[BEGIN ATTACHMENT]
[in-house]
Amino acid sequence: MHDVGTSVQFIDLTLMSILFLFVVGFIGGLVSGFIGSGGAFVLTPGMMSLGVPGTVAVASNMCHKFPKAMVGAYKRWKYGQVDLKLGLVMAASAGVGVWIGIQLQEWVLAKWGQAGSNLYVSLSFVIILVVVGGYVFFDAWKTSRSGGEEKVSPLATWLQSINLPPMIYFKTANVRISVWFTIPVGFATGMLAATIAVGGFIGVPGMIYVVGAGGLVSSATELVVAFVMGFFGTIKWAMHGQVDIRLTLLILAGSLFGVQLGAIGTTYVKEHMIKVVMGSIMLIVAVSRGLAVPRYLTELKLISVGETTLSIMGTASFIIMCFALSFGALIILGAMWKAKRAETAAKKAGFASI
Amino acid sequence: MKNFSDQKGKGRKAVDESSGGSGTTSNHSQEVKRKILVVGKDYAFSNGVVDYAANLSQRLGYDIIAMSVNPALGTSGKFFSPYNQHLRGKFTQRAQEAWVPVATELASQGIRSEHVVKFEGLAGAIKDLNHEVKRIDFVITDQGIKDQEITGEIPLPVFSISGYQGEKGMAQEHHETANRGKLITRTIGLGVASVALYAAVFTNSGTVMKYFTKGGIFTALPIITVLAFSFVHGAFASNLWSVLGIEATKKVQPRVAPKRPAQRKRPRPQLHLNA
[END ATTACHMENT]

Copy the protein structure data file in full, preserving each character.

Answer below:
[in-house]
Amino acid sequence: MHDVGTSVQFIDLTLMSILFLFVVGFIGGLVSGFIGSGGAFVLTPGMMSLGVPGTVAVASNMCHKFPKAMVGAYKRWKYGQVDLKLGLVMAASAGVGVWIGIQLQEWVLAKWGQAGSNLYVSLSFVIILVVVGGYVFFDAWKTSRSGGEEKVSPLATWLQSINLPPMIYFKTANVRISVWFTIPVGFATGMLAATIAVGGFIGVPGMIYVVGAGGLVSSATELVVAFVMGFFGTIKWAMHGQVDIRLTLLILAGSLFGVQLGAIGTTYVKEHMIKVVMGSIMLIVAVSRGLAVPRYLTELKLISVGETTLSIMGTASFIIMCFALSFGALIILGAMWKAKRAETAAKKAGFASI
Amino acid sequence: MKNFSDQKGKGRKAVDESSGGSGTTSNHSQEVKRKILVVGKDYAFSNGVVDYAANLSQRLGYDIIAMSVNPALGTSGKFFSPYNQHLRGKFTQRAQEAWVPVATELASQGIRSEHVVKFEGLAGAIKDLNHEVKRIDFVITDQGIKDQEITGEIPLPVFSISGYQGEKGMAQEHHETANRGKLITRTIGLGVASVALYAAVFTNSGTVMKYFTKGGIFTALPIITVLAFSFVHGAFASNLWSVLGIEATKKVQPRVAPKRPAQRKRPRPQLHLNA